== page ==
Acceptance and progress
Amy Smart is committed to driving change.
Put yourself in her shoes: You join your brother-in-law’s growing financial advisory practice. He starts introducing you to all his clients. One, who knows the family, asks which brother you’re married to – except you’re not married to a brother, you’re married to a sister. And when your brother-in-law says such, the client’s face turns bright red.
That, precisely, was Amy’s experience. One of her first introductions to a client, in fact.
“I’m feeling bad for my brother-in-law at this point,” Amy said. “Because this is a large client. He’s doing everything he’s been told to do. ‘Add diversity to the team. Hire a woman.’ But was this going to cost him his client? I wasn’t hurt or upset for myself. I was sad and scared for him. I wondered what this meant for us moving forward. Was he going to take the risk again and put me in front of another client?”
Her brother-in-law’s response: “The business isn’t worth having if they can’t accept you.”
But this wasn’t a one-time experience for Amy. She’s grappled with whether she should bring her spouse to a work event or correct a client when they apologize for keeping her from getting home to have dinner with her husband.
But Amy’s not standing back and hoping for a change in the world, in acceptance. She’s empowering the LGBTQ+ community to firmly and unapologetically take their place in financial services.
“It’s a business where our communities are changing,” said Amy, a member of the Pride Financial Advisors Network’s leadership council. “The people we serve are changing. The money is starting to transition to a more diverse community. It’s not quite transitioned yet … 2030 or 2035 should be the peak of it.
“You’ll have people inheriting wealth who might come from a family with multiple divorces or interracial marriages, people that come from different backgrounds, ethnicities, or maybe they were married to a man and now they’re with a woman.”
Amy makes the point that the advisors who understand the needs of these clients will be most attractive to this generation. She affirms that advisors must open their minds to people and families who may look different than clients they’ve served in the past. These people have wealth and want an advisor who understands them.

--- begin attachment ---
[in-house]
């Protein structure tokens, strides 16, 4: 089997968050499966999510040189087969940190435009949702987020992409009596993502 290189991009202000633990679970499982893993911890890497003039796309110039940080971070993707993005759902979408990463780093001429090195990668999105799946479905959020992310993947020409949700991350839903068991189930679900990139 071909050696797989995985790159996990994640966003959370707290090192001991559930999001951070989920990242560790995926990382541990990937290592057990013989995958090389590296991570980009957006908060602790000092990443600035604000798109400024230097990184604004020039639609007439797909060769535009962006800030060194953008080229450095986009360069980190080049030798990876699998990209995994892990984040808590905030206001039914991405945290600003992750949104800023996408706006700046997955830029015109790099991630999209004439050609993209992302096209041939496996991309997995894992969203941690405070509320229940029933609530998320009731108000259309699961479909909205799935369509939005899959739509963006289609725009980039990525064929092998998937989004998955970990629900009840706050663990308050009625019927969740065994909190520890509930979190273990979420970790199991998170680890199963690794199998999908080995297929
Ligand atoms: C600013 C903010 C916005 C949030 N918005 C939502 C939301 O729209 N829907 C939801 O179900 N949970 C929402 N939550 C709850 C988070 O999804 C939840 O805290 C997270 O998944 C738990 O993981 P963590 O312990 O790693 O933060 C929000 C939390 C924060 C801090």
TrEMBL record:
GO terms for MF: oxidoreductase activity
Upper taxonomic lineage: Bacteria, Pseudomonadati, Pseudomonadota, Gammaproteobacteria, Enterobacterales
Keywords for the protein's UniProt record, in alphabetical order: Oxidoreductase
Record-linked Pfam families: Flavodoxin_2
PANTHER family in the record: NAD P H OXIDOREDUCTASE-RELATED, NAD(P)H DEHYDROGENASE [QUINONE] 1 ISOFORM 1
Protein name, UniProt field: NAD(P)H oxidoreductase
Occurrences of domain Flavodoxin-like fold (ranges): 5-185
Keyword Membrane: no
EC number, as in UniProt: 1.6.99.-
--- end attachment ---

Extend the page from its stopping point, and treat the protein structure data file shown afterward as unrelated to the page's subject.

“Being a financial adviser is about bringing value to your client. In many cases, it’s not at all about how a stock is doing.”
Amy says she believes that clients want someone who cares about their life and wants to help them accomplish their goals. This is why Amy is so committed to effecting change in the profession.
Throughout her career, she took on leadership roles because “it was so important that diversity, women and LGBTQ+ had a place at the table. I want them to be visible in whatever office, whatever boardroom they’re standing in. It’s good for the firm and the evolution of leadership to have more diversity, but it’s also saying to every single person that sees me that they can be me.”
A perfect fit
When Amy joined Raymond James in 2021, she knew from day one she landed in the right place.
“My first day was also the first day of the virtual Business of Pride Symposium,” she said. “So my whole first week at Raymond James was spent watching this virtual pride symposium, which was pretty cool. I get this big welcome box with all this pride stuff. It was heavenly.”
It was the most perfect way to be welcomed into the firm, Amy said, adding that she wants to make sure others understand what a supportive environment they could have at Raymond James.
“I want people to realize they can work in a place that has better resources than they have now,” she said. “They can actually be happy and like their job again – because of who they work with, the temperament of the leadership and progress of the firm.”
She’s witnessed other firms talk the talk about diversity and pride. But it’s another thing to actually walk the walk.
“Raymond James is better because we invest a lot of money in educators, curriculum designers and professionally designated coaches to run the development programs,” Amy said. “During the pandemic and the economic crisis, other firms cut their programs. Raymond James hasn’t cut; we have actually expanded.”
In addition to her efforts with the Pride Financial Advisors Network, Amy proudly serves on the firmwide diversity, equity and inclusion advisory council. She takes her service seriously and is committed to contributing to progress within the firm, financial services and the world around us – so no one else has to experience what she did being introduced to her very first client.
“I want people to realize they can work in a place that has better resources than they have now. They can actually be happy and like their job again – because of who they work with, the temperament of the leadership and progress of the firm.”
This piece was featured in Pride Perspectives, a biannual newsletter from the Pride Financial Advisors Network. View the latest.
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